Leave.EU tycoon Arron Banks: Britain should have voted Remain instead of unleashing demons of Brexit
Arron Banks today said Britain should have voted to stay in the EU instead of “unleashing demons” in the fallout from Brexit.
The controversial tycoon made the eye-popping comments during a live TV grilling over allegations he broke a series of electoral rules in the referendum.
Mr Banks is under investigation by top cops over concerns he was "not the true source" of around £8m he spent on his campaigning outfit, Leave.EU.
He also faces fresh accusations that he used his insurance business to boost the Leave vote and later lied to MPs about it in parliament.
But Mr Banks came out fighting today in an interview for the BBC Andrew Marr show, in which he said he would have preferred to avoid the bitterly-fought fallout from the Brexit vote.
“The corruption I’ve seen in British politics - the sewer that exists and the disgraceful behaviour of the Government over what they are doing with Brexit and how they are selling it out - means that if I had my time again I think it would have been better to have probably remained and not unleash these demons,” he said.
He insisted he followed all the rules in seconding his insurance staff to work for Leave.EU and said he had informed the Electoral Commission of the arrangement.
And he insisted he was “of course” the source of all the cash he spent on the Leave drive, although questions remain over which parts of his business empire the money was generated from.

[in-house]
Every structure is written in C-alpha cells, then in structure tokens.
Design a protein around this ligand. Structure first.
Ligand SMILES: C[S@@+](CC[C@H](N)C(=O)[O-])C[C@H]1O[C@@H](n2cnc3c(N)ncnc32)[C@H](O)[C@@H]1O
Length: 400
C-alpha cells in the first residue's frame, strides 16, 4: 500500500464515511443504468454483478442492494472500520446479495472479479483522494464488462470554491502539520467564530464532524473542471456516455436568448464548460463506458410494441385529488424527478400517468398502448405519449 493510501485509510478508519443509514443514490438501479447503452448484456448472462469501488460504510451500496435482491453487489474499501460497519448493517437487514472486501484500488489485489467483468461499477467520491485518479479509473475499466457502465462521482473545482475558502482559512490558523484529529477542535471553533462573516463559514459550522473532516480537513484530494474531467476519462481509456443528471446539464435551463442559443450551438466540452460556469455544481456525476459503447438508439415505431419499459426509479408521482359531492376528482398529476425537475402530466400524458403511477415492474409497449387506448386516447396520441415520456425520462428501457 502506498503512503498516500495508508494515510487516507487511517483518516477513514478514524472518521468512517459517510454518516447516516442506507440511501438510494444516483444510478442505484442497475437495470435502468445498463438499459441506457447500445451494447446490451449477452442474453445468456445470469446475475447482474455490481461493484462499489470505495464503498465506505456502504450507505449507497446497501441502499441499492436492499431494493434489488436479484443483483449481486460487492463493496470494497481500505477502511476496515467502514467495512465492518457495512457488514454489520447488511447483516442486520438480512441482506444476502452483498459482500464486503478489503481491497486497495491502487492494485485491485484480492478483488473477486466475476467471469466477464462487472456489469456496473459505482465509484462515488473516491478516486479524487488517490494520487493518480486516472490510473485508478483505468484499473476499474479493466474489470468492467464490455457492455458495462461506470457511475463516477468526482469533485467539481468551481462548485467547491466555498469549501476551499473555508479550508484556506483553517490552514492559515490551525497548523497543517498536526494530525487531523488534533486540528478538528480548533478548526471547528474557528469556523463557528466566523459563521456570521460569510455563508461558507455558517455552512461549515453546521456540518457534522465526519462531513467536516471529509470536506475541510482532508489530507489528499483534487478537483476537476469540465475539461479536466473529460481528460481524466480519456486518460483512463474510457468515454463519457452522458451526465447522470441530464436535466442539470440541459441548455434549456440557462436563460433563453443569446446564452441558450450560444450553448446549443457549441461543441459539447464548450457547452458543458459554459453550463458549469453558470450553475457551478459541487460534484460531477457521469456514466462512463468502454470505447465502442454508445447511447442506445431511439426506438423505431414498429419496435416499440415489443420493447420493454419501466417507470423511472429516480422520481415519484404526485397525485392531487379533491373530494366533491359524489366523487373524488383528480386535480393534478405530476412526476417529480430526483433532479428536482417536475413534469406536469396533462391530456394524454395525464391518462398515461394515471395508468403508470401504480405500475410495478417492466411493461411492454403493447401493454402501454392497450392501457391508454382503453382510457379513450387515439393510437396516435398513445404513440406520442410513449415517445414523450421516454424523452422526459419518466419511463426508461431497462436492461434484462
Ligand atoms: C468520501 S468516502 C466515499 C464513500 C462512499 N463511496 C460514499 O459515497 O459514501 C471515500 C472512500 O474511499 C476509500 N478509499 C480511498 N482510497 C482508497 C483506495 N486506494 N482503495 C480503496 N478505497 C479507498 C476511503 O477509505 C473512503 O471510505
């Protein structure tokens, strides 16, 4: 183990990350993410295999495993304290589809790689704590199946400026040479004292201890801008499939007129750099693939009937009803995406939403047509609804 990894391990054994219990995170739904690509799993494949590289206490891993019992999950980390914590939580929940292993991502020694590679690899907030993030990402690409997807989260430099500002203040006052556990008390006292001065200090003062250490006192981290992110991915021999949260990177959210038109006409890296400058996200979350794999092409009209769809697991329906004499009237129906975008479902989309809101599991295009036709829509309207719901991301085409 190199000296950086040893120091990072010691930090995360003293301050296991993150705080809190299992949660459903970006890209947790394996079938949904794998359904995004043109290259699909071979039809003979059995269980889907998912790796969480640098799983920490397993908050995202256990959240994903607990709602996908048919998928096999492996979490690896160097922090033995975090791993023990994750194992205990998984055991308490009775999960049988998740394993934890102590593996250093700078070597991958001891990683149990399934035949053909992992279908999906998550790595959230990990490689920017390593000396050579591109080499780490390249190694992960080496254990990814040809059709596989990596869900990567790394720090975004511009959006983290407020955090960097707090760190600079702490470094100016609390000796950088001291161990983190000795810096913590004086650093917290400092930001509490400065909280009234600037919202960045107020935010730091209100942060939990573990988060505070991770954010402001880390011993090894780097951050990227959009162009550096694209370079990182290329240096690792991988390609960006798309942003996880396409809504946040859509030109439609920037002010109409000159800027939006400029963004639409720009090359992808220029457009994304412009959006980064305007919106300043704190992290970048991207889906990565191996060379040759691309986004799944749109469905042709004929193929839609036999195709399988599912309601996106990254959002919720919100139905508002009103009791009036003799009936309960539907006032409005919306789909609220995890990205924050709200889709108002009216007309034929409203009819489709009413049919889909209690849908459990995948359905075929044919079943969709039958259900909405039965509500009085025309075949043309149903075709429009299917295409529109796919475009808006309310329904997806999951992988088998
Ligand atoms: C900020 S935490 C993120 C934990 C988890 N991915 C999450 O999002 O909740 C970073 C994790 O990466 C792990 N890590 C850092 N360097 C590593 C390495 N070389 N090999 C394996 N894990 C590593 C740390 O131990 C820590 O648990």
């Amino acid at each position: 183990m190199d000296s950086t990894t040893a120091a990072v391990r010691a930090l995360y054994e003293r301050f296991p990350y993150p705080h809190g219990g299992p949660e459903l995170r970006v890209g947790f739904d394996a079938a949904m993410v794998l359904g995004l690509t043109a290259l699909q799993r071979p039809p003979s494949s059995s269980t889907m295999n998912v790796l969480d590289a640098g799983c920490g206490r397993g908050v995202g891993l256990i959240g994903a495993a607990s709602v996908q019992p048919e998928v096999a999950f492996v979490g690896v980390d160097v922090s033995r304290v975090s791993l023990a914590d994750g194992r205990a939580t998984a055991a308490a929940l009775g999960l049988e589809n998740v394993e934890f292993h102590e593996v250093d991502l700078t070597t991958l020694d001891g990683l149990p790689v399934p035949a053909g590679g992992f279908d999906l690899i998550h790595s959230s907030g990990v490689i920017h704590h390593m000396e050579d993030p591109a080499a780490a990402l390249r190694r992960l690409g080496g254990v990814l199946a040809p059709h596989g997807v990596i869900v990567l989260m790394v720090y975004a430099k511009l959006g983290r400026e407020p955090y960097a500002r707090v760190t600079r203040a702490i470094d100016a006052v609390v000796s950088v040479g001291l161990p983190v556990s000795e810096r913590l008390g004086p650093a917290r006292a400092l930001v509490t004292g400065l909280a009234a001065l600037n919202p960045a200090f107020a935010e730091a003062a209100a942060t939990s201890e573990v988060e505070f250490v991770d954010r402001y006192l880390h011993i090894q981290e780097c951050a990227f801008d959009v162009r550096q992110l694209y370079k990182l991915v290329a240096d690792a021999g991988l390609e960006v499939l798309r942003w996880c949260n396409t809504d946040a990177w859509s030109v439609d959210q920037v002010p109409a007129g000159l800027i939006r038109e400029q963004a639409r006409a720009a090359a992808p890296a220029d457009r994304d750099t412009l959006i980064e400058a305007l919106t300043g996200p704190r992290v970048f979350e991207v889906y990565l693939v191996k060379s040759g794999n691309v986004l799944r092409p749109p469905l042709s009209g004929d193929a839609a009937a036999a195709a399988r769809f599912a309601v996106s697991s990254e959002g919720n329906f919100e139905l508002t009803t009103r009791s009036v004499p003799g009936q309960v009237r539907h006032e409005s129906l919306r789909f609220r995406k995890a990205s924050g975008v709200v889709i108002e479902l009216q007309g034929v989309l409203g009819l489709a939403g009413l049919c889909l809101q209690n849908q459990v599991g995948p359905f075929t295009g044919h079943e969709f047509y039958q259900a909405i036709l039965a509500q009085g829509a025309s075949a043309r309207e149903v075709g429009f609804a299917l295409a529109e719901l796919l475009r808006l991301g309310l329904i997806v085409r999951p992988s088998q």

"There was no Russian money or interference of any type, I just want to be absolutely clear about that,” he said.
On Thursday Mr Banks was referred to the National Crime Agency, which said it had opened a probe, along with Leave.EU chief executive Liz Bilney.
According to the Observer, leaked emails suggest staff from his firm Eldon and Rock Services contacted companies for material apparently for use in the Brexit drive and discussed sharing data.
One ex-worker told the paper: “I made it absolutely clear that I didn’t want to work on the political stuff. I wasn’t comfortable with it. I didn’t want to be complicit in it.
“There were quite a lot of spats about it. People were frozen out if they refused to work on it.”
Meanwhile, the Open Democracy website has published evidence suggesting there was some crossover between insurance and political staff working for Mr Banks.
Damian Collins, the chair of the Digital, Culture, Media and Sport Select Committee, said: “If Eldon employees were being paid to work on the campaign during the regulated period, it should have been a declared expense.
“We asked him directly if he’d used his insurance employees to work on the campaigns and he said they didn’t.”